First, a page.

b Described as the average heavy-atom r.m.s.d. (in Å) between 10 individual 3D models and the crystal structure, and the average interaction network fidelity (INF) measures ( 33 ). INF scores range from 0.00 (worst) to 1.00 (best).

c Described as the average heavy-atom r.m.s.d. (in Å) between 10 individual 3D models predicted and their mean coordinate values.

An analysis applying MolProbity tool ( 32 ) shows good quality of all but one RNA 3D structures described in Table 1 . The bond and angle outliers indicate that our predicted structures in most cases show better stereochemical quality than reference high-resolution X-ray structures ( Supplementary Table S5 ).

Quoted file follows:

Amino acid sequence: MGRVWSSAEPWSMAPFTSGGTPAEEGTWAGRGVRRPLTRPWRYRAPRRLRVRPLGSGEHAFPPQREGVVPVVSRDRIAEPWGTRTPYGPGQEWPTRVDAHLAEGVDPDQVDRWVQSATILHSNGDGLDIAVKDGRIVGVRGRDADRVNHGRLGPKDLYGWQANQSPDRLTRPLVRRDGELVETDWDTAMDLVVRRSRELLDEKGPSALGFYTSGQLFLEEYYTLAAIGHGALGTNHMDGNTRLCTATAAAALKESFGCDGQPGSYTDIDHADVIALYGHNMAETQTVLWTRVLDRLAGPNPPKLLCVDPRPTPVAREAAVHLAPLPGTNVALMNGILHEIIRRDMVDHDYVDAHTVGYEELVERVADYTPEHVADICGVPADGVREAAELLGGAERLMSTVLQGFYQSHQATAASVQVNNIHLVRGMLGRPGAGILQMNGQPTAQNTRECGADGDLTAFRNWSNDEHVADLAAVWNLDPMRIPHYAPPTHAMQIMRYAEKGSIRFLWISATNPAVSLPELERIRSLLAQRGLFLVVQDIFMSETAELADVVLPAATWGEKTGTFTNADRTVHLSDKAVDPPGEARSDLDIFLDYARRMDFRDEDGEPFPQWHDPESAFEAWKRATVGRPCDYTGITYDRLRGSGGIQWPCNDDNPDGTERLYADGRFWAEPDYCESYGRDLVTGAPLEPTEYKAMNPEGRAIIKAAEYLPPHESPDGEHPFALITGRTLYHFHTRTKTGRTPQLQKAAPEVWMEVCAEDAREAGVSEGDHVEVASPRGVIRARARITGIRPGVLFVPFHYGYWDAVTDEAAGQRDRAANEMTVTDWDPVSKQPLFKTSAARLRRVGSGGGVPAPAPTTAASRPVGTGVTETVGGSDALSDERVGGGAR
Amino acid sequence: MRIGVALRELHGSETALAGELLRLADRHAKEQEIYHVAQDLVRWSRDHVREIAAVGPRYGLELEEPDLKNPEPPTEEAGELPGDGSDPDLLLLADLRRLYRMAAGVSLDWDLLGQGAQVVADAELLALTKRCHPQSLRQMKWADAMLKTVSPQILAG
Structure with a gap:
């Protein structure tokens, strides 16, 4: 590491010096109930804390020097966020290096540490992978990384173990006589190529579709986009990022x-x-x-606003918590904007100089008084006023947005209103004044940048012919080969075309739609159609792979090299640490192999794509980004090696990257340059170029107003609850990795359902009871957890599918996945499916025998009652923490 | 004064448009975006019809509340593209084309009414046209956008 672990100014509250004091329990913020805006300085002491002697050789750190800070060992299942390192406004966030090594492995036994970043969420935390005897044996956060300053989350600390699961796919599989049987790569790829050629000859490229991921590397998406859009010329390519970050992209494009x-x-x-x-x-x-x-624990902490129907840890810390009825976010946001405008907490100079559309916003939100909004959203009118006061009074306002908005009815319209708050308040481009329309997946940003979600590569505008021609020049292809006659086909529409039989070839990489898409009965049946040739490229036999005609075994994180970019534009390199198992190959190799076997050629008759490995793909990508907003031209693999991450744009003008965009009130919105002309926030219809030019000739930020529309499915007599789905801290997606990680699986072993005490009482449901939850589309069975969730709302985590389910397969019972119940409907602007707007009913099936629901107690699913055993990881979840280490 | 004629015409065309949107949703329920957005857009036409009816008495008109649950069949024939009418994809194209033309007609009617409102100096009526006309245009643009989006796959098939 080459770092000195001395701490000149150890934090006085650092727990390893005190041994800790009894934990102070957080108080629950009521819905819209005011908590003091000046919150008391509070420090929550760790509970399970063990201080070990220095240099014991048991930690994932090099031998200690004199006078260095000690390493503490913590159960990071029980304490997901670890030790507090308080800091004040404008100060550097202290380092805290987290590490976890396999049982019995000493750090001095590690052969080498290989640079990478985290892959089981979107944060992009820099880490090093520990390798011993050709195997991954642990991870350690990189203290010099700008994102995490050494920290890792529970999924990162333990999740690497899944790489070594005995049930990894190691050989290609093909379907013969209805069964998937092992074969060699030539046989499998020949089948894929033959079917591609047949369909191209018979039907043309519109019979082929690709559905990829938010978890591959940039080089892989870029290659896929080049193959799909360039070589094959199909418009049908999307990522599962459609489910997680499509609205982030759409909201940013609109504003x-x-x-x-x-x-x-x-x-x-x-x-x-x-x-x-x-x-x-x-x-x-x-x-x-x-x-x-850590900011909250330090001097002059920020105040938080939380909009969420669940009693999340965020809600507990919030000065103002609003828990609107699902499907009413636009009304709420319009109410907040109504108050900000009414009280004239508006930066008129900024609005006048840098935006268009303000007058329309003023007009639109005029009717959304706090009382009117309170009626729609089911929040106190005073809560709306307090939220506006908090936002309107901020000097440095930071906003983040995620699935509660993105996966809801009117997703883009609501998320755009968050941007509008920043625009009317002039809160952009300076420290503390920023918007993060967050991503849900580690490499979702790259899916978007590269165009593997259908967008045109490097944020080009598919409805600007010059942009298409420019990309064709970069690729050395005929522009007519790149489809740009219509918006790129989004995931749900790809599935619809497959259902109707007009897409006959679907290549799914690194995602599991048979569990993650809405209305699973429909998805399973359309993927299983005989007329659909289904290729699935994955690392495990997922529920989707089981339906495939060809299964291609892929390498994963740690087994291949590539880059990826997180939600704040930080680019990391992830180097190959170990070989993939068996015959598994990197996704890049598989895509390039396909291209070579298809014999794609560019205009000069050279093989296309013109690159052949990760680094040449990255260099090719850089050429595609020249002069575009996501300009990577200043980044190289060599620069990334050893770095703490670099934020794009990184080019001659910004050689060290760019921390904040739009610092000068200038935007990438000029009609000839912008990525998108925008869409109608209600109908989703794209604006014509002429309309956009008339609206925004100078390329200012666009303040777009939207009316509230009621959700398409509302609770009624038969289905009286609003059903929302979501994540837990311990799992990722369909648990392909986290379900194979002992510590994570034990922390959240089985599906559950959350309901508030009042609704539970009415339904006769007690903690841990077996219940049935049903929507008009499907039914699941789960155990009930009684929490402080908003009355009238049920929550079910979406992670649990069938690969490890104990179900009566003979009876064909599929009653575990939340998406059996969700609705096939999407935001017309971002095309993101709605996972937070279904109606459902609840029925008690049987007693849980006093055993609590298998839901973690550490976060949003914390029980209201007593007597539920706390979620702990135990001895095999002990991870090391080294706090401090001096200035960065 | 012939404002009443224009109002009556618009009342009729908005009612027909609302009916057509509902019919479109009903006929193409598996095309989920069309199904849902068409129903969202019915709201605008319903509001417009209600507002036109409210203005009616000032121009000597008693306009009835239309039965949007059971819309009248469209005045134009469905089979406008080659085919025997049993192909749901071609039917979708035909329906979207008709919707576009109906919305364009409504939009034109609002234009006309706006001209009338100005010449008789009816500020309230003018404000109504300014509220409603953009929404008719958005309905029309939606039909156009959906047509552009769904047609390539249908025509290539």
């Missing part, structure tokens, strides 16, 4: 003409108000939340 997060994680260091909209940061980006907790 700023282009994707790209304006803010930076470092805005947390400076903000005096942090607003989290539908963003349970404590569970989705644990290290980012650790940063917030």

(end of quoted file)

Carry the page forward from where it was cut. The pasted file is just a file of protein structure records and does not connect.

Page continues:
The most complex structures like branched RNAs show proper n -way junction conformation and orientation of the helices. The influence of input RNA secondary structure on the prediction of loop–loop tertiary interactions and the helices orientation in branched RNAs is exemplified on two RNA junctions ( Figure 3 ). In the case of three-way junction of the hammerhead structure (PDB code 2QUS chain A; Figure 3 A and Supplementary Table S6 ), the first input secondary structure was obtained by the back-conversion. In the second input secondary structure, a square bracket annotating the U24–A46 interaction was intentionally removed. As expected, due to the machine translation principle, the 3D model for the first secondary structure contains the U24–A46 base pair. For the RNA 3D structure generated from the later secondary structure, a proper orientation of the helices and the close proximity of loops were observed despite the removal of this base pair. A similar observation was made for the prediction of five-way junction of the tRNA with a long extra arm (PDB code 3ADB chain C; Figure 3 B and Supplementary Table S6 ) characteristic of the G20–C71 base pair involved in a loop–loop interaction.